with liberty & justice for all
By Diogenes (articles ) | January 14, 2004 12:57 AM
"Diogenes," people ask me, "what does today's well-dressed young man think about Leviticus 20?" Well just yesterday, à propos, milords May and Harrison ruled that some exercises of free speech are simply too tasteless for words:
A preacher who held up a sign in a town square calling for an end to homosexuality, lesbianism and immorality was "properly convicted" of a criminal offence, the High Court ruled yesterday. Two senior judges dismissed arguments that the conviction of the late Harry Hammond, 69, an evangelical Christian, for displaying an "insulting" sign interfered with his freedom of religious expression and infringed his human rights.
The sign caused a furore as a group of 30 to 40 people gathered round. Mr Hammond had soil thrown at him and water poured over his head. Lord Justice May, sitting with Mr Justice Harrison, said it had been open to magistrates in Wimborne, Dorset, to convict Mr Hammond in April 2002. Mr Hammond's behaviour "went beyond legitimate protest".
Need I add that Hammond's neckwear clashed most painfully with his brogues? Of course the grand tradition of First Amendment entitlement means that arbitrary penalizing of unpopular opinions could never take place in an American context. Well, almost never. Listen to Justice Scalia in his dissent in Romer (1996):
When the Court takes sides in the culture wars, it tends to be with the knights rather than the villains -- and more specifically with the Templars, reflecting the views and values of the lawyer class from which the Court's members are drawn. How that class feels about homosexuality will be evident to anyone who wishes to interview job applicants at virtually any of the nation's law schools. The interviewer may refuse to offer a job because the applicant is a Republican; because he is an adulterer; because he went to the wrong prep school or belongs to the wrong country club; because he eats snails; because he is a womanizer; because she wears real animal fur; or even because he hates the Chicago Cubs. But if the interviewer should wish not to be an associate or partner of an applicant because he disapproves of the applicant's homosexuality, then he will have violated the pledge which the Association of American Law Schools requires all its member schools to exact from job interviewers: "assurance of the employer's willingness" to hire homosexuals.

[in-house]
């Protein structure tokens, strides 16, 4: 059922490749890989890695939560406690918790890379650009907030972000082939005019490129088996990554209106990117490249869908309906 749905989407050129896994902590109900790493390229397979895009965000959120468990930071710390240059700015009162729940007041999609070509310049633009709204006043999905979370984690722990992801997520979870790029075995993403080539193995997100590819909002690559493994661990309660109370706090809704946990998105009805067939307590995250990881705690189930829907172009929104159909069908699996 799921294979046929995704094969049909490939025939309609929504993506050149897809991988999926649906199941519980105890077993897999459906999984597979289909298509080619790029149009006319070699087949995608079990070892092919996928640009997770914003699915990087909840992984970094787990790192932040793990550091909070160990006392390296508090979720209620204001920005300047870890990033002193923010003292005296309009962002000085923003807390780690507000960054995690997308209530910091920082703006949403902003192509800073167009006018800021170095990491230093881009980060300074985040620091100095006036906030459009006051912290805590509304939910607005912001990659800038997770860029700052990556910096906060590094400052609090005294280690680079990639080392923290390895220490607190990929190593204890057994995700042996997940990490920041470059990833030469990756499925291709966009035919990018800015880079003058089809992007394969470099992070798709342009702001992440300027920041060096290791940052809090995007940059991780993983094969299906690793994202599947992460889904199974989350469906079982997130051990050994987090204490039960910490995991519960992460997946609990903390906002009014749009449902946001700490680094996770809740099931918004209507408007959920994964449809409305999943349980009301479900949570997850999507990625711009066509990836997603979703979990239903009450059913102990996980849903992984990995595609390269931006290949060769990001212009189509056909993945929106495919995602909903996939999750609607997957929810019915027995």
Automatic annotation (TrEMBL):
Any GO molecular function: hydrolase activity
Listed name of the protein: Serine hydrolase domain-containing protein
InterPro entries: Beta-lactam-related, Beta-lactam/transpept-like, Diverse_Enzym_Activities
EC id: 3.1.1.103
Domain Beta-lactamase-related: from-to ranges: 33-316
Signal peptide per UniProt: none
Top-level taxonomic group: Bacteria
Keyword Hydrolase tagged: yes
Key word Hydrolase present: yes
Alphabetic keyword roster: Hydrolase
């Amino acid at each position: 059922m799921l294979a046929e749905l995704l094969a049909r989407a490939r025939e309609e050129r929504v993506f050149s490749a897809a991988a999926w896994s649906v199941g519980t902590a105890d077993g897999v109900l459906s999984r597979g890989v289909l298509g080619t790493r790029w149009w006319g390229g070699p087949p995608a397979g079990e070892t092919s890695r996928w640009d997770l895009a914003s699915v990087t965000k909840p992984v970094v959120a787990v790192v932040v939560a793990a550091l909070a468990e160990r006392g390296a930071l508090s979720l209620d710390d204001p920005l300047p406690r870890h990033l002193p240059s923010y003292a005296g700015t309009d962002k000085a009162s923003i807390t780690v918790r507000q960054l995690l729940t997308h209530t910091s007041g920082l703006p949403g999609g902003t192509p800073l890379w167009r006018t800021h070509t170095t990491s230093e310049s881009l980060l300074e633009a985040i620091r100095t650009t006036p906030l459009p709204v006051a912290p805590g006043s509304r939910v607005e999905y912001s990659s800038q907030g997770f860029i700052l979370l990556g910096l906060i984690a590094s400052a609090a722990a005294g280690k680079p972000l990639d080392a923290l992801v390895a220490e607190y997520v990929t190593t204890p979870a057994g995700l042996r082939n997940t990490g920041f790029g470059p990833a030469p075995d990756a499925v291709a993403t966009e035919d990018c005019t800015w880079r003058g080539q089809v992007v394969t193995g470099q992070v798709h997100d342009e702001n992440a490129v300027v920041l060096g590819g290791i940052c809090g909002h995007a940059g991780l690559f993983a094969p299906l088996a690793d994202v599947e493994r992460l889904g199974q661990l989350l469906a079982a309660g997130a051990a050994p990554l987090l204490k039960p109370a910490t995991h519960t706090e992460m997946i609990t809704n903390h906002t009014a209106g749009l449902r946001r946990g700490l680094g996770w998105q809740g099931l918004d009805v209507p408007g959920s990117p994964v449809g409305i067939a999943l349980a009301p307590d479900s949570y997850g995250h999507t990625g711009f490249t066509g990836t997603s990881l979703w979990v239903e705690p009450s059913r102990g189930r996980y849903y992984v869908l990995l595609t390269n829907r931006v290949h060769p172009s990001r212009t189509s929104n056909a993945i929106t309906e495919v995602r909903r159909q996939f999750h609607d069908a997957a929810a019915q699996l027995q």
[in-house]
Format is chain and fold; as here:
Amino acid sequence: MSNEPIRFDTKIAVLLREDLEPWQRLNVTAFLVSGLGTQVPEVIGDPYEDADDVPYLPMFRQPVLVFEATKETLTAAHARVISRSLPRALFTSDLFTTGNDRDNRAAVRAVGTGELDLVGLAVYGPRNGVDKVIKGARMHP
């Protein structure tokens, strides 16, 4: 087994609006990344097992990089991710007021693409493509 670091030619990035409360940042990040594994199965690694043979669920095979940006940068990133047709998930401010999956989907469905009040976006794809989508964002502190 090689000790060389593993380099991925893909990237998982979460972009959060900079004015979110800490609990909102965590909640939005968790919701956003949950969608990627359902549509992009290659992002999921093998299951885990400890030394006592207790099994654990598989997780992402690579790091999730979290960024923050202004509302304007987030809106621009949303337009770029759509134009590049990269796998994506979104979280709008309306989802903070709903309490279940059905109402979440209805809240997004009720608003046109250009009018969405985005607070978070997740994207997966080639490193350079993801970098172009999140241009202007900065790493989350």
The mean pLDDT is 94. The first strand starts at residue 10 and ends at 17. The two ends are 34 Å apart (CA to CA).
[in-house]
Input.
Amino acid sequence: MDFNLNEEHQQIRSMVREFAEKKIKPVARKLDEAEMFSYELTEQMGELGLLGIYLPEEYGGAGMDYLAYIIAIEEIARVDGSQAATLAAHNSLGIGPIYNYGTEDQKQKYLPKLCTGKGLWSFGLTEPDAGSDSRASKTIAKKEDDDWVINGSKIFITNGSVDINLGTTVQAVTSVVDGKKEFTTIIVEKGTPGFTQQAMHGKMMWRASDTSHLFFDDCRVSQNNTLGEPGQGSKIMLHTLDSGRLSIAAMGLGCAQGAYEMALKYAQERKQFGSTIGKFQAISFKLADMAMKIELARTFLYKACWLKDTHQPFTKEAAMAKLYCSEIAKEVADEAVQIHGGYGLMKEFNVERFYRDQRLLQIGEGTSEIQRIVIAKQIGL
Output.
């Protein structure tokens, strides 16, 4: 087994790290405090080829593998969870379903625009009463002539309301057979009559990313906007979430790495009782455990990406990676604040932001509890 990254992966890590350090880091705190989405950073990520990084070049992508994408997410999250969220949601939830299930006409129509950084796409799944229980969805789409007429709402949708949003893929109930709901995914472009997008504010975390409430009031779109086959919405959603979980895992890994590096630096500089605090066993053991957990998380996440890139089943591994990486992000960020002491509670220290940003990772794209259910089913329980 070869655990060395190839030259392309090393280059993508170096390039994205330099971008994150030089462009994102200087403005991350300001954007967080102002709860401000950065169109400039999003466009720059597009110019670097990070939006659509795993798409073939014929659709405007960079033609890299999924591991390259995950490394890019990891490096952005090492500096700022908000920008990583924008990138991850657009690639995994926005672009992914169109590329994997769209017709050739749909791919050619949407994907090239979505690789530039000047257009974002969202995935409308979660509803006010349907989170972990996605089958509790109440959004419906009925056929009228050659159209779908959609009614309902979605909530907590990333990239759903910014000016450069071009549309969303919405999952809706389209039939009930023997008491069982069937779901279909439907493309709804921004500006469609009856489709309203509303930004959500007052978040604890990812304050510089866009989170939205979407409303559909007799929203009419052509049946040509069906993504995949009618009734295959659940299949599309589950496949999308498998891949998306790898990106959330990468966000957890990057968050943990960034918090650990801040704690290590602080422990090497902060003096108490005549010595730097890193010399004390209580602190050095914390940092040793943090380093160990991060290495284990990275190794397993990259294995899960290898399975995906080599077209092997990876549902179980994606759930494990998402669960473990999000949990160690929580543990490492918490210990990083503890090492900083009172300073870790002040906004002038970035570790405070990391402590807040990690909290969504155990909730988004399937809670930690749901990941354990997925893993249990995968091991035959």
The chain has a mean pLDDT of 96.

In every field, "professional" education includes an informal process of cultural grooming that parallels the academic work in the classroom. Lawyers, like male flight attendants and Catholic clergy, are products of a finishing school in which an appreciation for high-fashion sodomy is cultivated as a kind of shibboleth: outsiders declare and damn themselves by their retrograde opinions. Insiders coyly flash their earring studs the way their grandfathers displayed college neckties and rings. And that, boys and girls, is how constitutional babies are made. Take a glimpse at yesterday's Boston Herald:
The law school deans of Yale and Stanford joined 88 other professors from the country's most prestigious legal institutions Monday in arguing that only full implementation of gay marriage will meet state constitutional muster.
Eventually sexual chic mutates into political resentment, which in turn is codified (usually by life-term judges) as legal constraint. It's an anti-democratic process, of course, but then high fashion always is.
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